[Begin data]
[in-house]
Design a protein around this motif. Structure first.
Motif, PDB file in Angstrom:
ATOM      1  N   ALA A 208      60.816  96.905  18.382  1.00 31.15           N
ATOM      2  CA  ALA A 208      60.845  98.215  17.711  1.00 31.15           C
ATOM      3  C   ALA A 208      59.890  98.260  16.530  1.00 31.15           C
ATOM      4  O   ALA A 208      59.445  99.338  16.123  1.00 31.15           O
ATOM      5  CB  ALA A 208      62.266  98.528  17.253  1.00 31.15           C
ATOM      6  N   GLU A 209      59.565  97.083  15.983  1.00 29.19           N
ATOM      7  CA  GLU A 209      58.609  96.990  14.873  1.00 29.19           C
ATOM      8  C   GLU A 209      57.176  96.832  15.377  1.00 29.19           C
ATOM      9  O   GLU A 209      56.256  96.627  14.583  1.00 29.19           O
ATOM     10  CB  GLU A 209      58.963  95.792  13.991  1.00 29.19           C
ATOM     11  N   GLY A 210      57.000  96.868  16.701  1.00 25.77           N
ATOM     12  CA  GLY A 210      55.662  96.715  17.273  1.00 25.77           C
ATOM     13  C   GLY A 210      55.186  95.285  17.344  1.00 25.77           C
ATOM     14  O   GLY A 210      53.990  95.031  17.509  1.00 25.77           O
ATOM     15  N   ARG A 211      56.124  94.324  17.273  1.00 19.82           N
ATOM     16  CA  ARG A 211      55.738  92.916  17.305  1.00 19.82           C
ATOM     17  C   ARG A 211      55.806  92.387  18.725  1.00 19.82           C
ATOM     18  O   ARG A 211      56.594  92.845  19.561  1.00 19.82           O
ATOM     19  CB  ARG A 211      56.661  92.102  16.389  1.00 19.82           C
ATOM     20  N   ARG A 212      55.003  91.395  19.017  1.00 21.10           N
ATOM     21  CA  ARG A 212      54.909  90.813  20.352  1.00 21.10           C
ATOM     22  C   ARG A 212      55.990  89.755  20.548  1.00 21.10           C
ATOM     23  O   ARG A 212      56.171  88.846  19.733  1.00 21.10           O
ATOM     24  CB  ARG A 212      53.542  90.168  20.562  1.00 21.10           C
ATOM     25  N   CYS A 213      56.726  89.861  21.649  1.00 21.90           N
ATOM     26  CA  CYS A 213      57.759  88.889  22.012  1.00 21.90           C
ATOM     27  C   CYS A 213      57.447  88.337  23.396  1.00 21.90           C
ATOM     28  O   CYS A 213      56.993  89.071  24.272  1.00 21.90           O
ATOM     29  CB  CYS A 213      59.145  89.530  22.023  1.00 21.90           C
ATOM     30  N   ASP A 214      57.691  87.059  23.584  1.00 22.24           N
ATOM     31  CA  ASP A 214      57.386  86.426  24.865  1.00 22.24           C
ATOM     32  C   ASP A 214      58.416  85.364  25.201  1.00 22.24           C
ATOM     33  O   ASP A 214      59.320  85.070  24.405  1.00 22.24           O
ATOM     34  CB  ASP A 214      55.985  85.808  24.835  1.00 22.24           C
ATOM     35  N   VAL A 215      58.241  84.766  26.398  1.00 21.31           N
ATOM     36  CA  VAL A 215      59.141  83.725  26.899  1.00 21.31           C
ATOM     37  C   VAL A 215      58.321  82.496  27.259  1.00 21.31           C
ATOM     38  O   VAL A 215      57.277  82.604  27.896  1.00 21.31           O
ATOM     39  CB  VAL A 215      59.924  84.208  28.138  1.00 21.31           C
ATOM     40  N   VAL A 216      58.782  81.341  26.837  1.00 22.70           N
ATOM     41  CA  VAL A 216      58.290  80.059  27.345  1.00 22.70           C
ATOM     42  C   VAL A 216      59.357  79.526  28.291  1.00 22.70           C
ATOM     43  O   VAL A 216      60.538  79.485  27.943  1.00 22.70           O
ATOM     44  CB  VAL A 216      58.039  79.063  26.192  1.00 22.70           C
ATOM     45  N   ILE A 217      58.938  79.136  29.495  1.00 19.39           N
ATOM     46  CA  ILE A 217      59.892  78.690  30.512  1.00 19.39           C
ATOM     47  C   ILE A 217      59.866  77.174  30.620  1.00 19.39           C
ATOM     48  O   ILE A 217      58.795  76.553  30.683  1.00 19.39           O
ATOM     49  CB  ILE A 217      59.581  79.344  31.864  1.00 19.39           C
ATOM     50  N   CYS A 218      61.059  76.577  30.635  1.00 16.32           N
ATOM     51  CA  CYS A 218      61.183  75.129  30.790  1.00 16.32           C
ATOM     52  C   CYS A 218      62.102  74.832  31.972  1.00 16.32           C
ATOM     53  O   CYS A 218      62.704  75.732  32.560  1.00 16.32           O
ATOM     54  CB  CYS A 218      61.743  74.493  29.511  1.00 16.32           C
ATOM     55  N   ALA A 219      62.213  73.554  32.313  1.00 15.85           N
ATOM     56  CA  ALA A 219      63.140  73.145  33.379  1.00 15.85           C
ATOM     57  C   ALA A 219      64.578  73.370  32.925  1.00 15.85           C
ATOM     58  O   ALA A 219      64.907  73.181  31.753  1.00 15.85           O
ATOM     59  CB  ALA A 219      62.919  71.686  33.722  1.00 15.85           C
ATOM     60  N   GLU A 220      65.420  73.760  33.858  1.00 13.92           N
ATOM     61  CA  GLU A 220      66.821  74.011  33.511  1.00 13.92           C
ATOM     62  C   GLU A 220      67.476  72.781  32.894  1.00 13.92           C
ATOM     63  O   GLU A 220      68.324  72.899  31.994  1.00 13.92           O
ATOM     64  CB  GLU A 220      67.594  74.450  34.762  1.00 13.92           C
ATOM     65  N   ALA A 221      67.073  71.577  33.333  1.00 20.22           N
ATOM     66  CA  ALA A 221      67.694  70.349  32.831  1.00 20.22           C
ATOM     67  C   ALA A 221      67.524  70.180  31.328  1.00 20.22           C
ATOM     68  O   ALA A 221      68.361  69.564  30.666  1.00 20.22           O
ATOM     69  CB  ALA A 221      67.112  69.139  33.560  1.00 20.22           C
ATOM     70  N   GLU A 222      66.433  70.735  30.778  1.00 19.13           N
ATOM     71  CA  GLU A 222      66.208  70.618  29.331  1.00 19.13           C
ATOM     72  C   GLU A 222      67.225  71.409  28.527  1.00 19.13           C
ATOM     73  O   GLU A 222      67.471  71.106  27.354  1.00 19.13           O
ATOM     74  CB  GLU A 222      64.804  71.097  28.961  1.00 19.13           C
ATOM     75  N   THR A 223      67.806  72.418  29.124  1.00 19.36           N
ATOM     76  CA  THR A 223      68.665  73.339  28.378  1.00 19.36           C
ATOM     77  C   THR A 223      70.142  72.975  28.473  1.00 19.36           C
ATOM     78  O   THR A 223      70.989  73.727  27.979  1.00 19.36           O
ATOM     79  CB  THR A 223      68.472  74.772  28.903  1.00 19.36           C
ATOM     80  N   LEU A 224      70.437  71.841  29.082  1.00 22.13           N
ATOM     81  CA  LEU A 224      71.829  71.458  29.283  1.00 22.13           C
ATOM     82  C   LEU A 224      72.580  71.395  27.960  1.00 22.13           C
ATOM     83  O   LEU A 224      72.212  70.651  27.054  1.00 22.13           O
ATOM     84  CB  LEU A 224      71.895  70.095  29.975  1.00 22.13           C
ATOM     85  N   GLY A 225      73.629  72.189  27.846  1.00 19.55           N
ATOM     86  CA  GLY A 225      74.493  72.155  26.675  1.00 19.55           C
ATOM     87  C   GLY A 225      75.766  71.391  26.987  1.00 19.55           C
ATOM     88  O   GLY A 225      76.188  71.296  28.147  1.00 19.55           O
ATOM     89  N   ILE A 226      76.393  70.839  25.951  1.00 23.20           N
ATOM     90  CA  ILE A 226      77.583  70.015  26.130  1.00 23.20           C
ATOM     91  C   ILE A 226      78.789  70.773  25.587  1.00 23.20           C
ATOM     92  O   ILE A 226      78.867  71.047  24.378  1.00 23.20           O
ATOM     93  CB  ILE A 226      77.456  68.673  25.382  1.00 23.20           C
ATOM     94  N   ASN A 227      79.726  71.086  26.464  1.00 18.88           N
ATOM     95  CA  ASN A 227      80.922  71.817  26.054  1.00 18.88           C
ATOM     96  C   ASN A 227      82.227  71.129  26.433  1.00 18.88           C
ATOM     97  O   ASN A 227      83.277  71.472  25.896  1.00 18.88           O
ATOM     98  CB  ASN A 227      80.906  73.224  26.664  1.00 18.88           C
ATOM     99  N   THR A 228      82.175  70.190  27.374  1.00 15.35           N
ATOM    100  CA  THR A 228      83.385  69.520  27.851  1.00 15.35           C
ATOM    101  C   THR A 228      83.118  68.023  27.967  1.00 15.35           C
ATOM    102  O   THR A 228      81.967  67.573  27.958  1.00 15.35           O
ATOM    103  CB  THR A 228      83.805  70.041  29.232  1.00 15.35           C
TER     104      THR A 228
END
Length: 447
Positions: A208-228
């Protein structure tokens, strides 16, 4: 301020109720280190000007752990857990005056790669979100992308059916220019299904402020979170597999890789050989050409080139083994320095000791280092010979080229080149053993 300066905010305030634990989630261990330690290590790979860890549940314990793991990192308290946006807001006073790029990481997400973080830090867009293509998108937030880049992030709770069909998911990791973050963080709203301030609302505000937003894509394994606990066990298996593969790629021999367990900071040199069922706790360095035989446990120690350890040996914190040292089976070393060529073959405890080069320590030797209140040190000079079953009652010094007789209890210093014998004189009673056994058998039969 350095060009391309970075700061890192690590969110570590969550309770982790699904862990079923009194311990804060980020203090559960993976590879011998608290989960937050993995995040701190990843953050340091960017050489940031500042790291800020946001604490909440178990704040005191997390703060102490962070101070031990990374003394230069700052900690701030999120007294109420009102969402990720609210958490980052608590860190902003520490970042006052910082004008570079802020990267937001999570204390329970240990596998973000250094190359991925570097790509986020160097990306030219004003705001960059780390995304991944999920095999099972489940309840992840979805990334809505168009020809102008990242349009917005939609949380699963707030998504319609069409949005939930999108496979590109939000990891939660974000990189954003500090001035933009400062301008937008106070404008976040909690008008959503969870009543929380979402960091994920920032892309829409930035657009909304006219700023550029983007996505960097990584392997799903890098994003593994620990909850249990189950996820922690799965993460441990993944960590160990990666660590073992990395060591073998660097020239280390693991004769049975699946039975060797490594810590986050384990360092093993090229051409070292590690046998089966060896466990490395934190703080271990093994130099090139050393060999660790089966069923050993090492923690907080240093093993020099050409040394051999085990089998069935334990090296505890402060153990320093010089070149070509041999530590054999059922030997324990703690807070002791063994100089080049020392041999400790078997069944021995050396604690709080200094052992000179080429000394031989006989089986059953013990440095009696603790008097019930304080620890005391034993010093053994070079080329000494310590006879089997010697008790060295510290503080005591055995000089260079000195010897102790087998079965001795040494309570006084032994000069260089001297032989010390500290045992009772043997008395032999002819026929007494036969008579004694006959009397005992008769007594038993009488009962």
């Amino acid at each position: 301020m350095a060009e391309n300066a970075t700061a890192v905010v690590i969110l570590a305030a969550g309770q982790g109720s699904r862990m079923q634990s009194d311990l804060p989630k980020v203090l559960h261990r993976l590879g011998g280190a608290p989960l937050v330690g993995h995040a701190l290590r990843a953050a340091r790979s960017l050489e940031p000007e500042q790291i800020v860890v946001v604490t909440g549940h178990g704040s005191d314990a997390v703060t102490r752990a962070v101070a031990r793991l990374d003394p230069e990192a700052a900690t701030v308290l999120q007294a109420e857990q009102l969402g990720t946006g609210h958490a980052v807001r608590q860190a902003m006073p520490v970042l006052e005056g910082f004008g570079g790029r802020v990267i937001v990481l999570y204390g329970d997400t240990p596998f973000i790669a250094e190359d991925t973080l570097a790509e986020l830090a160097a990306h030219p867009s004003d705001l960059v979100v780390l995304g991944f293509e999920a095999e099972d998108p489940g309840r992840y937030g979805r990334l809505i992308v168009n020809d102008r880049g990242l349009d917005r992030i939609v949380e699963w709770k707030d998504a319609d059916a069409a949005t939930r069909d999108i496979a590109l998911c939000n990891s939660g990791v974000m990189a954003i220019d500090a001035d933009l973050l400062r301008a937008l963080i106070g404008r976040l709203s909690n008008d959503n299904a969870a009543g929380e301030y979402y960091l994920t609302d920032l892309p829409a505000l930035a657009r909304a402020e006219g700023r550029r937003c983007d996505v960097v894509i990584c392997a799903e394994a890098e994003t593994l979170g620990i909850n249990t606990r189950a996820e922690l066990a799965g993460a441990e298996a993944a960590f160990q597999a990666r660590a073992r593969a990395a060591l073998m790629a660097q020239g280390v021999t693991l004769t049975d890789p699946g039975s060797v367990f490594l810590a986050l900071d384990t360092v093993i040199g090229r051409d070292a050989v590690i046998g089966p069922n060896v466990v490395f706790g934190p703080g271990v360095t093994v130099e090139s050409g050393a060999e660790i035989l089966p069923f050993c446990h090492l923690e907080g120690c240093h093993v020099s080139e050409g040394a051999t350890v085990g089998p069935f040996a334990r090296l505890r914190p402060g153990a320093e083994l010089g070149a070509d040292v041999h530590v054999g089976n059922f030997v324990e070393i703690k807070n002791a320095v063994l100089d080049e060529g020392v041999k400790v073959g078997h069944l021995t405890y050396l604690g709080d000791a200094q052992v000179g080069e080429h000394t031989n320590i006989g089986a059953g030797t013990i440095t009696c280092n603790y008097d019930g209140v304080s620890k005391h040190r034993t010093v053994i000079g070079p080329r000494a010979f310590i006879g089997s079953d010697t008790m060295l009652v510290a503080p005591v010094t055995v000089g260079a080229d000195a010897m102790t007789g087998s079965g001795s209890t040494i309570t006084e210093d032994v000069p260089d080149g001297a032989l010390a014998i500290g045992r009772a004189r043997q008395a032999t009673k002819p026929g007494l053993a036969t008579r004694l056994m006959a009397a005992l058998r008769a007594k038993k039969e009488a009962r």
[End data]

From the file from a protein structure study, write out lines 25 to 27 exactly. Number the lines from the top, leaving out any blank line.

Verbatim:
ATOM     22  C   ARG A 212      55.990  89.755  20.548  1.00 21.10           C
ATOM     23  O   ARG A 212      56.171  88.846  19.733  1.00 21.10           O
ATOM     24  CB  ARG A 212      53.542  90.168  20.562  1.00 21.10           C